"Kippenberg begins by observing that Tylor allows for a variety of forms that the old can take in the new -- in Tylor's words, "progress, ... survival, revival, modification" (Tylor [1871]:I, 17). As Tylor writes of his own favourite example, spiritualism, "Sometimes old thoughts and practices will burst forth afresh, to the amazement of a world ...; here survival passes into revival, as has lately happened in so remarkable a way in the history of modern spiritualism" (ibid.: 16-17). ...

[quoted from Kippenberg 2002, p. 62 :] If we wanted to know why we toss a coin, we should study the oracle practices of primitive peoples, which teach us that

it is supernatural beings who turn coins onto the right side as they fall. ...

{To accomplish this feat, the mortal coin-tosser must be on amicable relations with a divinity who is able to perform this service.}

p. 57

[quoted from Tylor 1867:87-8 :] "The savage's notion of a ghost corresponds very nearly with

that of the English peasant in our own day --

{likewise with that of the Anglican theologian, or with that of any other Christian (or Muslim, or Hindu, or Taoist, or whatever) theologian in our own day}

it is a thin phantom ... when it does appear, but often invisible, though capable of knocking and uttering sounds" ... . ...

p. 58

Kippenberg argues that for Tylor "... the soul ... is a constant of human culture" (Kippenberg 2002:60)."

Kippenberg 2002 = Hans G. Kippenberg : Rediscovering Religious History in the Modern Age. Princeton Univ Pr.

Tylor 1867 = Edward B. Tylor : "On Traces of the Early Mental Condition ofMankind". PROC OF THE ROYAL INST OF GT BRITAIN 5:83-93.

p. 58 "savage" or "civilized"? "souls" or "gods"?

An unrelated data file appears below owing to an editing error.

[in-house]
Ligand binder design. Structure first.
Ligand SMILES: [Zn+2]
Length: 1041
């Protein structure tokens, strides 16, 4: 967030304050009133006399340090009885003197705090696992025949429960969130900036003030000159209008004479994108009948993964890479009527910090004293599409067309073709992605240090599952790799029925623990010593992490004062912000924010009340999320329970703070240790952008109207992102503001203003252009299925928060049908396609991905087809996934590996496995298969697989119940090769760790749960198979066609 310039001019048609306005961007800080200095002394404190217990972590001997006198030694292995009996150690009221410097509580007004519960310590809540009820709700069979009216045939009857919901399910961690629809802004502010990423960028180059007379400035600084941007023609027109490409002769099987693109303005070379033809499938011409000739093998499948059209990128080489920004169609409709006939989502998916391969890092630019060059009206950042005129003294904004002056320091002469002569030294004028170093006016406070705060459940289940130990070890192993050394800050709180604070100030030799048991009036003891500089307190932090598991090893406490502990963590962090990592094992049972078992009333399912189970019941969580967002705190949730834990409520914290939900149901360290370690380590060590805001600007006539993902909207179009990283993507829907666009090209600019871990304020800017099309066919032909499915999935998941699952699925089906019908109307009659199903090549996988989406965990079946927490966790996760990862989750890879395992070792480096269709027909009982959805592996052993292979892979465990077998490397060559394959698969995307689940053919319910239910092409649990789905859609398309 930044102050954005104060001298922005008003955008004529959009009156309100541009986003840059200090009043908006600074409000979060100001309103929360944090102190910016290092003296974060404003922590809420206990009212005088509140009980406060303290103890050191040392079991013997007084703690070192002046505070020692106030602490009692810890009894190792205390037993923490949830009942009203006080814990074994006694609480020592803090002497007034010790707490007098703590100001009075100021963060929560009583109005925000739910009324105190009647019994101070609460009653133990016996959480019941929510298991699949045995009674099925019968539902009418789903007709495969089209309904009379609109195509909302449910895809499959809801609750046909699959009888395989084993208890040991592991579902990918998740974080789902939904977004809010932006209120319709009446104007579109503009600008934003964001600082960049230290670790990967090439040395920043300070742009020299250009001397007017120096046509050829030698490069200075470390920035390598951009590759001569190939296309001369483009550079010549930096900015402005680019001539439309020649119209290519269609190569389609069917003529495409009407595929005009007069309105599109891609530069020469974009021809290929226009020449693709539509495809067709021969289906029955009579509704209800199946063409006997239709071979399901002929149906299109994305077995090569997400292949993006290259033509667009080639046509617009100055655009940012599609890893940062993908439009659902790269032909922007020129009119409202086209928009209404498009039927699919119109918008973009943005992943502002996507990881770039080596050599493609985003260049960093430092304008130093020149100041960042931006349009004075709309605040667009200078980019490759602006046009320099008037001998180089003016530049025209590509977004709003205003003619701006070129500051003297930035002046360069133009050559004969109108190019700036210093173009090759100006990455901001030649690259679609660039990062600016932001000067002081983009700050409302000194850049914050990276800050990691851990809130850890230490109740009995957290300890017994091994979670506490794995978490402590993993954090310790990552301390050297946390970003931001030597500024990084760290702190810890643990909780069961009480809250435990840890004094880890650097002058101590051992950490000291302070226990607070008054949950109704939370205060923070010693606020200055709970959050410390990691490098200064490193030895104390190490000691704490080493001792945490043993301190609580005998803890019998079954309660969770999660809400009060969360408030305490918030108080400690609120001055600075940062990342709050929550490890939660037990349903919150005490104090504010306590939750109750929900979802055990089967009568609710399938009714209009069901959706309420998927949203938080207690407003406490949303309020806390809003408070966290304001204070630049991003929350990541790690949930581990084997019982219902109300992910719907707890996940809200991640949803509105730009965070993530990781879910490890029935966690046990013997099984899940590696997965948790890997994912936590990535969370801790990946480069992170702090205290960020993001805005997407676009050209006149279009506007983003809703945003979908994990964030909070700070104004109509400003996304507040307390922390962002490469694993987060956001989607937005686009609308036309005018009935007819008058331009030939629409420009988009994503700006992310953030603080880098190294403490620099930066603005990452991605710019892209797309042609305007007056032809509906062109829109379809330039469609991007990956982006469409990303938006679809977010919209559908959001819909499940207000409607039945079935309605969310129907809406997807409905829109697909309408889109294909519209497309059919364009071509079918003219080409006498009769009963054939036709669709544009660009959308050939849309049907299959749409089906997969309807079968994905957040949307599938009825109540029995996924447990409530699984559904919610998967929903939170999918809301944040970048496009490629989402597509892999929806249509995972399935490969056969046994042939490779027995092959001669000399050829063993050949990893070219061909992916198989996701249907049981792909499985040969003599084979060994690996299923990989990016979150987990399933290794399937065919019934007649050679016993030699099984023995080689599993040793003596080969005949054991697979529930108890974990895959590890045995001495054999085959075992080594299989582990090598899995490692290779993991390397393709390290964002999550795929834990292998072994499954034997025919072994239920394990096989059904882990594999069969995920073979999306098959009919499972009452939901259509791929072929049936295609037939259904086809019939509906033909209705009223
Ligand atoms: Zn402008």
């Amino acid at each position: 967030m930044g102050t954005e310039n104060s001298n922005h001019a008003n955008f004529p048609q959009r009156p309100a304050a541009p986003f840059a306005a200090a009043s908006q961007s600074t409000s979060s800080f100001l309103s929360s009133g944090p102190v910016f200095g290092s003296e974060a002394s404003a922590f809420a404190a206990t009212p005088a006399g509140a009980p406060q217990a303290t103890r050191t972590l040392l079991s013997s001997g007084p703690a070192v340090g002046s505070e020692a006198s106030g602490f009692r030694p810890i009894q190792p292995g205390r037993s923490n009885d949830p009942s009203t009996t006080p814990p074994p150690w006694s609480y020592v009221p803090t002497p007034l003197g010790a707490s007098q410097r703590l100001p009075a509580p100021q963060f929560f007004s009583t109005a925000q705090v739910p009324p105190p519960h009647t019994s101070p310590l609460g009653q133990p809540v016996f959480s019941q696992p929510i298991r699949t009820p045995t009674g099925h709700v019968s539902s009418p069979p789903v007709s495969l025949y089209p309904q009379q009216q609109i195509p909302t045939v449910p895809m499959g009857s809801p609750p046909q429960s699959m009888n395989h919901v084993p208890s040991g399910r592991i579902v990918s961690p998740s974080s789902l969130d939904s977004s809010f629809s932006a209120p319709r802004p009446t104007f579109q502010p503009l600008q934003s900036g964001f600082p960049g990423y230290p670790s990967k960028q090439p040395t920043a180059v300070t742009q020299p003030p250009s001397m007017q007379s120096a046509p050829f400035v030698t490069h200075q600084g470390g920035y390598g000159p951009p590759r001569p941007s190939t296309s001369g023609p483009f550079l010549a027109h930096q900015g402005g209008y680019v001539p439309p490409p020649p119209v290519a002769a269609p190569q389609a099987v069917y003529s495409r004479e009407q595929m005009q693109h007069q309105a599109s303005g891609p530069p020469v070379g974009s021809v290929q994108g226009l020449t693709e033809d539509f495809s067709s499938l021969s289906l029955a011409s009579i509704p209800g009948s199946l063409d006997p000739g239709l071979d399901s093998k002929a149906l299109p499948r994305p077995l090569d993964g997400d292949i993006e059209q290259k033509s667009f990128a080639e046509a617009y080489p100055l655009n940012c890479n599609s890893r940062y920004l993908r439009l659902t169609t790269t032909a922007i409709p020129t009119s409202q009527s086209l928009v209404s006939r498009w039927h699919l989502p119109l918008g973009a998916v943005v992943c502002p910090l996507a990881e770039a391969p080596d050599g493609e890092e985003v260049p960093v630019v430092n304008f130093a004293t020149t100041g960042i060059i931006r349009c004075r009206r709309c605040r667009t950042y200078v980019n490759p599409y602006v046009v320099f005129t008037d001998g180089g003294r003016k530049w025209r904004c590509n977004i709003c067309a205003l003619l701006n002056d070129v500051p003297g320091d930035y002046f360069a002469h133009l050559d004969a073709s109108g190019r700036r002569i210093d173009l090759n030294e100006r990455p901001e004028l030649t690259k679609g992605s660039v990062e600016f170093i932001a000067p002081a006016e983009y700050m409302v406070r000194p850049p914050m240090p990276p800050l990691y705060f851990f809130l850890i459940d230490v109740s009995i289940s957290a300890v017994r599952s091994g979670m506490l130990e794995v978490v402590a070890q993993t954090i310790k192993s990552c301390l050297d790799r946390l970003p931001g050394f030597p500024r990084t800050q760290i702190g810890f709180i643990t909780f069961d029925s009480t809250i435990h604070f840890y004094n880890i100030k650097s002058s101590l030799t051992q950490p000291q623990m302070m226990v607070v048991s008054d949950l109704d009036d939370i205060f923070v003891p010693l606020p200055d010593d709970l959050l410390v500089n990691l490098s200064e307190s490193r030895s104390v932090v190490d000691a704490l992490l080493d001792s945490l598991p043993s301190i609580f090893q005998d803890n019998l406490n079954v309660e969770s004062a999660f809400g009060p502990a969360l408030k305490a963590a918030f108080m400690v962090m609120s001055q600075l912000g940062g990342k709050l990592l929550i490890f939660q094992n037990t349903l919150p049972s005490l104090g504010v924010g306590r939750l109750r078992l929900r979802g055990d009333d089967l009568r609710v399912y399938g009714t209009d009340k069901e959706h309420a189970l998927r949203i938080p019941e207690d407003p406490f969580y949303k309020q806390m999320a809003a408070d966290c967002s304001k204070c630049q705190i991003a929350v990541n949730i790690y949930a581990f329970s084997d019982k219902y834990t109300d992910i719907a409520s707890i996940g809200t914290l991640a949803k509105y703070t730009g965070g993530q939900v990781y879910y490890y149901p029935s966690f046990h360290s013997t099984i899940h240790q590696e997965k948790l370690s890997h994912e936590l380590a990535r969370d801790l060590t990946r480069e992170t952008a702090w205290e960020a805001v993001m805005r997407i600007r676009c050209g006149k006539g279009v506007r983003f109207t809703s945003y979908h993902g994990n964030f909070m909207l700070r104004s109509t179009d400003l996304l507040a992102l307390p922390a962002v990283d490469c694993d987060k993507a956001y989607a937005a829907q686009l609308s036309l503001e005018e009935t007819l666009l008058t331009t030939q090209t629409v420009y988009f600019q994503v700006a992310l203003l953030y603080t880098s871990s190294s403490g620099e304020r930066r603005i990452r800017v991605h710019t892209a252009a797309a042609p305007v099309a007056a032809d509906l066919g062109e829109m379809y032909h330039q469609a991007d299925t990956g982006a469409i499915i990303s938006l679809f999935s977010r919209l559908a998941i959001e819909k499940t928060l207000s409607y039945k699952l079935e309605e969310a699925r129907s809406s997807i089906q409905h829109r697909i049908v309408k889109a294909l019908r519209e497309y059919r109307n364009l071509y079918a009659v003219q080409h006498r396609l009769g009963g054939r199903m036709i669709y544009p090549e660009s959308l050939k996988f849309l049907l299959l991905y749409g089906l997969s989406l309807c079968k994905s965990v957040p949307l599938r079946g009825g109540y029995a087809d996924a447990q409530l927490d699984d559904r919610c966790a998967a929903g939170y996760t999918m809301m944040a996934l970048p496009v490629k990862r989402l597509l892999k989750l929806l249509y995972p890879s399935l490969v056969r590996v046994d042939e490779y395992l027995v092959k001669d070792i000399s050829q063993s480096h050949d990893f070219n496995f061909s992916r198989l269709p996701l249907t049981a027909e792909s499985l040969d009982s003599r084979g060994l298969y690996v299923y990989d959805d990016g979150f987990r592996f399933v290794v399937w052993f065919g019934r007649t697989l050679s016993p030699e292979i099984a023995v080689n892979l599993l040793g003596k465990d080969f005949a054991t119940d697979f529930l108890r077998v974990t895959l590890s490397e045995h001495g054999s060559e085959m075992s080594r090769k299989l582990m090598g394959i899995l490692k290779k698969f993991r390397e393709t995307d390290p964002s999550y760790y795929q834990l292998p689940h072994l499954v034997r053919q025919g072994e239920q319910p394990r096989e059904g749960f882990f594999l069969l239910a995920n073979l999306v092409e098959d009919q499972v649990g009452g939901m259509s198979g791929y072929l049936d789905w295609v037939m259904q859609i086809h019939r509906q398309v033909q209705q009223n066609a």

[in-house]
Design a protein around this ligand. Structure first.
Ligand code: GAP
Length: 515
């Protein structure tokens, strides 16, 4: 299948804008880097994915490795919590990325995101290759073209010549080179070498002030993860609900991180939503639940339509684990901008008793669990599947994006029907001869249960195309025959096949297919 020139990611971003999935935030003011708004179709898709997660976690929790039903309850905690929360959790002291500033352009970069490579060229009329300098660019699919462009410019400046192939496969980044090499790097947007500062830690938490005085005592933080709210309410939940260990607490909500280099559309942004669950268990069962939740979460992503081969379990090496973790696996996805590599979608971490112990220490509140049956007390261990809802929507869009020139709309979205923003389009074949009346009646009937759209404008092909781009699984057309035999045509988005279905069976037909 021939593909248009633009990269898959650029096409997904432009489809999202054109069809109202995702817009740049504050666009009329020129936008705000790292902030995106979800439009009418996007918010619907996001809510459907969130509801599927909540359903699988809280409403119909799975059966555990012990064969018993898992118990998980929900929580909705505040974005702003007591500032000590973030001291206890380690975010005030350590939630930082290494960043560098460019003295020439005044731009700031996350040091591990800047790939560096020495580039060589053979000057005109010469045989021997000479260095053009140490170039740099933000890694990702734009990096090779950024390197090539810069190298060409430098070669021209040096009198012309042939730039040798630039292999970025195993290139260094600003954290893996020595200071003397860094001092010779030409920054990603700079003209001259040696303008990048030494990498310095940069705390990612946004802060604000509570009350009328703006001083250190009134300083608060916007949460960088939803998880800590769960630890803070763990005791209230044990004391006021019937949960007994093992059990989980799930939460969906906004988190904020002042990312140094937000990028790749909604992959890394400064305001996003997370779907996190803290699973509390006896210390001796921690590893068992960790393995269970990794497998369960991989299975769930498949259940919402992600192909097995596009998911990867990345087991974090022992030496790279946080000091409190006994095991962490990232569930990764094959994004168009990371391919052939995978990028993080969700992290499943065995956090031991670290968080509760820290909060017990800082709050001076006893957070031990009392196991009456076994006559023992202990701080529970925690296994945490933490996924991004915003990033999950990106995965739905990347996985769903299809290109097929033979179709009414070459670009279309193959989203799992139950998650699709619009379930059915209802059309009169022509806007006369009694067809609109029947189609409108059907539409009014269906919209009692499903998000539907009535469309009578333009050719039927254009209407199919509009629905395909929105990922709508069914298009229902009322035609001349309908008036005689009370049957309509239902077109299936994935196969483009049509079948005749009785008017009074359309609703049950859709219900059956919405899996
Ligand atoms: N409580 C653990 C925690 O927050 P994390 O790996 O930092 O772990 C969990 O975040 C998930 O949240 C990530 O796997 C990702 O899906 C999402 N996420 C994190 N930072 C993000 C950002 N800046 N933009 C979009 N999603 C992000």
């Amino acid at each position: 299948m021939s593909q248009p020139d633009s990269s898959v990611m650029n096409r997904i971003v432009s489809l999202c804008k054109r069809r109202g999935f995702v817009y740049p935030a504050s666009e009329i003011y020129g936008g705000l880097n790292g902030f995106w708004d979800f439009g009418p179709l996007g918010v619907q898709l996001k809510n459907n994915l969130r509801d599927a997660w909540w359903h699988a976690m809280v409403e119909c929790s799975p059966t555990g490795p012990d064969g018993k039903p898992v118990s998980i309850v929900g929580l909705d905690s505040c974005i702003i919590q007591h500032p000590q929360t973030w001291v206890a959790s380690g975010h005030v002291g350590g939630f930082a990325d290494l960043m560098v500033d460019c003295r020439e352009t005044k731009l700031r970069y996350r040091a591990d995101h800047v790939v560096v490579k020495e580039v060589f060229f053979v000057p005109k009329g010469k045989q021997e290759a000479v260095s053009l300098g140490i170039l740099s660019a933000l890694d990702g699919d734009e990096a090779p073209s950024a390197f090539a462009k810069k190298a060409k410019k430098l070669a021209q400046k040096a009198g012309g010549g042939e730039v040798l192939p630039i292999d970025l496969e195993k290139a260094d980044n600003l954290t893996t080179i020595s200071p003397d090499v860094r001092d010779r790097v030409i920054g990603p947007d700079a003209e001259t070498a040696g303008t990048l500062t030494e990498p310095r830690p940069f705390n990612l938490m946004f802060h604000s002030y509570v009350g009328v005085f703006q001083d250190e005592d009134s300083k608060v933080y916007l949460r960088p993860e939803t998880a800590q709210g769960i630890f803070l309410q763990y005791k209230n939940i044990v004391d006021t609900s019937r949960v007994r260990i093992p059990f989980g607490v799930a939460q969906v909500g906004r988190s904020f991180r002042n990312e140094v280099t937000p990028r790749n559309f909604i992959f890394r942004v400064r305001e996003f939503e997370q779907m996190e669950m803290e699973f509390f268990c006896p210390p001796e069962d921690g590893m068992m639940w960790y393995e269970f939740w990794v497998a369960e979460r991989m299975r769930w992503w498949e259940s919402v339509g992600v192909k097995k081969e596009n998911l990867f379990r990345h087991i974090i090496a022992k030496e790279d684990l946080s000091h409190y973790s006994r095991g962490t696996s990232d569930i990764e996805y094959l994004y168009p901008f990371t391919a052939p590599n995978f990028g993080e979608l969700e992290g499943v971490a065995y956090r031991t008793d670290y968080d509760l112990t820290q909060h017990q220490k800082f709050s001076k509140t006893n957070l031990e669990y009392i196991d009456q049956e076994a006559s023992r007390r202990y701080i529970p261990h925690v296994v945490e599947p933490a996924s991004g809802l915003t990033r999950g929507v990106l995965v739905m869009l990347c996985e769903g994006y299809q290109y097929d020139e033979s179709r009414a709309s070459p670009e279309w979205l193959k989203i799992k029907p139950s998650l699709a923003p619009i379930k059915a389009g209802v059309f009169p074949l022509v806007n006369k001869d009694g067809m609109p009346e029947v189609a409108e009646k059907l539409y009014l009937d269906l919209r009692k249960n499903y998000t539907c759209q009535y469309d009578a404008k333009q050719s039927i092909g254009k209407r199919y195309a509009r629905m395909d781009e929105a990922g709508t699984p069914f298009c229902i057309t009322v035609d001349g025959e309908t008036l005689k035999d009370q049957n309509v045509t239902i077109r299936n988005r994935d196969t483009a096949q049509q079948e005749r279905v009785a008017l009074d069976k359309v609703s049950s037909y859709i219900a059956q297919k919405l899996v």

[quoted from Tylor 1871:II, 86 :] "The theory of the soul is one principal part of a system of religious philosophy which unites, in an unbroken line of mental connexion,

the savage fetish-worshipper and the civilized Christian."

{Surely, the typical Christian, insistent on fanatically venerating a man-made crucifix, is the most brutal variety of fetish-worshipper on this planet. What is so intrinsically "civilized", pray tell, about claiming that almighty God can be, and is, tortured to death by ordinary mortals?}

"Souls are initially believed to occupy all physical entities, beginning with the bodies of humans.

{Hardly! The standard understanding is that whereas souls occupy only the bodies of living beings, yet nevertheless deities are able to occupy both animate and inanimate objects.}

{1} Gods, or "spiritual beings", are souls in all things in the physical world ...

{2} humans ... themselves are not gods.

{If souls be regarded as gods, then humans, who are in essence souls, must by definition certainly be gods; but if humans cannot be gods, how can souls be gods? (Tylor's definitions are outrightly self-contradictory!)}